Retail Exemptions Adjusted Dollar Limitations
The Food Safety and Inspection Service (FSIS) is announcing the dollar limitations on the amount of meat and meat food products and poultry and poultry products that a retail store can sell to hotels, restaurants, and similar institutions without disqualifying itself for exemption from Federal inspection requirements. Because Siluriformes fish have been regulated, along with traditional meat products, under the Federal Meat Inspection Act since 2016, FSIS has included Siluriformes fish and fish products in its calculations for the retail dollar limitation for meat products in this announcement. FSIS requests comments on the inclusion of Siluriformes fish and fish products with meat products.
Expansion of FSIS Shiga Toxin-Producing Escherichia coli (STEC) Testing to Additional Raw Beef Products
The Food Safety and Inspection Service (FSIS) is announcing plans to expand its routine verification testing for six Shiga toxin- producing Escherichia coli (non-O157 STEC; O26, O45, O103, O111, O121, or O145) that are adulterants, in addition to the adulterant Escherichia coli (E. coli) O157:H7, to ground beef, bench trim, and raw ground beef components other than raw beef manufacturing trimmings (i.e., head meat, cheek meat, weasand (esophagus) meat, product from advanced meat recovery (AMR) systems, partially defatted chopped beef and partially defatted beef fatty tissue, low temperature rendered lean finely textured beef, and heart meat)(hereafter ``other raw ground beef components'') for samples collected at official establishments. STEC includes non-O157 STEC; O26, O45, O103, O111, O121, or O145, that are adulterants, and E. coli O157:H7. Currently, FSIS tests only its beef manufacturing trimmings samples for these six non-O157 STEC and E. coli O157:H7; all other aforementioned raw beef products are presently tested for E. coli O157:H7 only. FSIS also intends to test for these non-O157 STEC in ground beef samples that it collects at retail stores and in applicable samples it collects of imported raw beef products. FSIS is requesting comments on the proposed sampling and testing of ground beef, bench trim, and other raw ground beef components. FSIS will announce the date it will implement the new testing in a subsequent Federal Register notice. Additionally, FSIS is responding to comments on the November 19, 2014, Federal Register notice titled ``Shiga Toxin-Producing Escherichia coli (STEC) in Certain Raw Beef Products.'' FSIS is also making available its updated analysis of the estimated costs and benefits associated with the implementation of its non-O157 STEC testing on raw beef manufacturing trimmings and the costs and benefits associated with the expansion of its non-O157 STEC testing to ground beef, bench trim, and other raw ground beef components (https:// www.fsis.usda.gov/wps/wcm/connect/c37a7129-639c-41fa-ab75-be6 dddcd1c44/ placeholder-link?MOD=AJPERES&useDefaultText=0&useDefaultDesc= 0).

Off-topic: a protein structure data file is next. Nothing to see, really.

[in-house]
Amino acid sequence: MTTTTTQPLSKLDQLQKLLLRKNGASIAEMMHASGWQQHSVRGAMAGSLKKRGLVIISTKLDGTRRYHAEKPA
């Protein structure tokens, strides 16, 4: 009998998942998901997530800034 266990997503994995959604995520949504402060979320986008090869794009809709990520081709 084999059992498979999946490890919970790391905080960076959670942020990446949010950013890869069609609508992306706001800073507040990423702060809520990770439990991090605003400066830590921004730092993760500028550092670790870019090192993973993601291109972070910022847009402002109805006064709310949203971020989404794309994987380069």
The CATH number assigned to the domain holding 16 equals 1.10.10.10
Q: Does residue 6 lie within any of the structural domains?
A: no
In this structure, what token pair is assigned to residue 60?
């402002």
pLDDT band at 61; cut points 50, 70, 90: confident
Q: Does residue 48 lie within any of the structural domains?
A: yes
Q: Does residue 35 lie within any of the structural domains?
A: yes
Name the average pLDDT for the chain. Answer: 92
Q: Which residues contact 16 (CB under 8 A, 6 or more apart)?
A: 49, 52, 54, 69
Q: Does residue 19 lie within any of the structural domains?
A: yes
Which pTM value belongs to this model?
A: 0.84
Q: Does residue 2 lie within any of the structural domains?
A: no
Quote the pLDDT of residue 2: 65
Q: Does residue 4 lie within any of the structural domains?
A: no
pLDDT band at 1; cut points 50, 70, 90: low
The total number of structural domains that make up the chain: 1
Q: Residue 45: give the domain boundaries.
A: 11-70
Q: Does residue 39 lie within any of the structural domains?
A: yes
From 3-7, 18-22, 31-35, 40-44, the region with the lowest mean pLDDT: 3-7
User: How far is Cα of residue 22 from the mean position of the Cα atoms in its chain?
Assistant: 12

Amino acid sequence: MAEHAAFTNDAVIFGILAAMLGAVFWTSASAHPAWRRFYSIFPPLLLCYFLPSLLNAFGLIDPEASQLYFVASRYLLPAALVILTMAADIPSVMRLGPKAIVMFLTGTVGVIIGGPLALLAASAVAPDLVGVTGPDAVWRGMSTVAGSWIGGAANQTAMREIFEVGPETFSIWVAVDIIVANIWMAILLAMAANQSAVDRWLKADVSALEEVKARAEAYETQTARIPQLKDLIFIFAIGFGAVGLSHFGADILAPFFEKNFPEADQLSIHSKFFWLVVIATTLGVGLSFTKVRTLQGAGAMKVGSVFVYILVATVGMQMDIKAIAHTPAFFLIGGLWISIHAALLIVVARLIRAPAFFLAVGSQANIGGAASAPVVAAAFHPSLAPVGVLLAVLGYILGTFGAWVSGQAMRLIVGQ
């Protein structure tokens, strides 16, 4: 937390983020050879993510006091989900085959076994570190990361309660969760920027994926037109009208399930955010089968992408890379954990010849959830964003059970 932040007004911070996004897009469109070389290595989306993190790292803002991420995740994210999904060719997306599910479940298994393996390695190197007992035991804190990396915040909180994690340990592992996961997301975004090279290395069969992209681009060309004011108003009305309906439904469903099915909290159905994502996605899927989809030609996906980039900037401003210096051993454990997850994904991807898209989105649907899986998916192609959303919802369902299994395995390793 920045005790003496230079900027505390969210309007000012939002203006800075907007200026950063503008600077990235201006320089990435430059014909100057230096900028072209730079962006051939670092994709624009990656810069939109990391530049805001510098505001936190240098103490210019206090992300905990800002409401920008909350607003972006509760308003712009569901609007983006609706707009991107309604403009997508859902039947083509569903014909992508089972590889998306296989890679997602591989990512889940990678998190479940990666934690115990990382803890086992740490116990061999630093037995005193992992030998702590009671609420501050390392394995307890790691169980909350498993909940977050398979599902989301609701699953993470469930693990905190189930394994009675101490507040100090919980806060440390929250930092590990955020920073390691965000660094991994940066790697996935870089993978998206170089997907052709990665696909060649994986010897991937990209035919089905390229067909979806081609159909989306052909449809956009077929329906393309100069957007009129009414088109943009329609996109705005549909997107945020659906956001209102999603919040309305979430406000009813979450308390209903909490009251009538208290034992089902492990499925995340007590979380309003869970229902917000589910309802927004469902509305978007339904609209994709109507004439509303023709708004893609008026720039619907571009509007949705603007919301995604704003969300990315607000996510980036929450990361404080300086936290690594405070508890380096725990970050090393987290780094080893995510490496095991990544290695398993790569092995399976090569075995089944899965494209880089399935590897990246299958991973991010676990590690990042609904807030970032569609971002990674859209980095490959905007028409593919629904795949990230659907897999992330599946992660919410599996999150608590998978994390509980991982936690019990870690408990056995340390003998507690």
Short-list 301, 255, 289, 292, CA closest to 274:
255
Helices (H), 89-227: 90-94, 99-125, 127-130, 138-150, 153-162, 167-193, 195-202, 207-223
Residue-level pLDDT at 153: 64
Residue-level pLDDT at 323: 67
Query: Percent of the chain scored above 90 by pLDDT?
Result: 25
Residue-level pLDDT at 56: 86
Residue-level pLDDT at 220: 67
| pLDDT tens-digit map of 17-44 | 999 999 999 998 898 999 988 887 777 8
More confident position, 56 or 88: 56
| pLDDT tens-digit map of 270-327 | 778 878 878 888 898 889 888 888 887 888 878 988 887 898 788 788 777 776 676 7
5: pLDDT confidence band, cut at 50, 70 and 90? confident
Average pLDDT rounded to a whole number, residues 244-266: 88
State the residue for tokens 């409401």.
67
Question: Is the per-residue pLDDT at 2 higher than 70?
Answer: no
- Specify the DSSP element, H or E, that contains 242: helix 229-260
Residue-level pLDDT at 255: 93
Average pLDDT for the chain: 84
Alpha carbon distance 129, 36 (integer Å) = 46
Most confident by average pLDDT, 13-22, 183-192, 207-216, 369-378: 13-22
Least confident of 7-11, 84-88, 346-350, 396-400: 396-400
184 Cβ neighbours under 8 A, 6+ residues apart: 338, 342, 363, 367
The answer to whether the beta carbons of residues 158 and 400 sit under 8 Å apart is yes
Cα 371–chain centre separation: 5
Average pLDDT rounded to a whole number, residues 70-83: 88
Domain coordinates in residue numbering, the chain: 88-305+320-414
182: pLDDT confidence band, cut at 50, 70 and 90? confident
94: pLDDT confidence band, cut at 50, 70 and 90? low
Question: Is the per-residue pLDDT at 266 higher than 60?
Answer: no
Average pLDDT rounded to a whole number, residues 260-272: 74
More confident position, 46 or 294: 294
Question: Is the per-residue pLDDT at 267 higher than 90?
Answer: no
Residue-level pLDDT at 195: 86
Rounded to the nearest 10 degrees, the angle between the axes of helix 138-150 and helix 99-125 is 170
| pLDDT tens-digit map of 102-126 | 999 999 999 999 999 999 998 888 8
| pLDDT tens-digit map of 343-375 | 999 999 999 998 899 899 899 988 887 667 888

Inspection of Yak and Other Bovidae, Cervidae, and Camelidae Species
The Food Safety and Inspection Service (FSIS) is proposing to amend its regulations to define yak and include it among ``exotic animals'' eligible for voluntary inspection. This proposed change responds to a petition for rulemaking. It would officially allow yak products to be voluntarily inspected and to bear the USDA voluntary mark of inspection, benefitting the yak industry. FSIS is also requesting comments on whether all farmed-raised species in the biological families Bovidae, Cervidae, and Camelidae, if not already subject to mandatory inspection, should be eligible for voluntary inspection, and whether any species in these families should be added to the list of amenable species requiring mandatory inspection. FSIS already requires mandatory inspection for several species of the Family Bovidae (cattle, sheep, and goats). The Agency also provides voluntary inspection to several species of Bovidae not subject to mandatory inspection under the Federal Meat Inspection Act, as well as several species of Cervidae. These species include: Reindeer, elk, deer, antelope, water buffalo, and bison.
Elimination of the Requirement To Defibrinate Livestock Blood Saved as an Edible Product
The Food Safety and Inspection Service is proposing to remove a provision from the Federal meat inspection regulations that requires the defibrination of livestock blood saved as an edible product. This proposed action would eliminate a regulatory requirement and its associated costs to industry without affecting food safety. Moreover, it would allow industry to fulfill a demand for non-defibrinated blood products.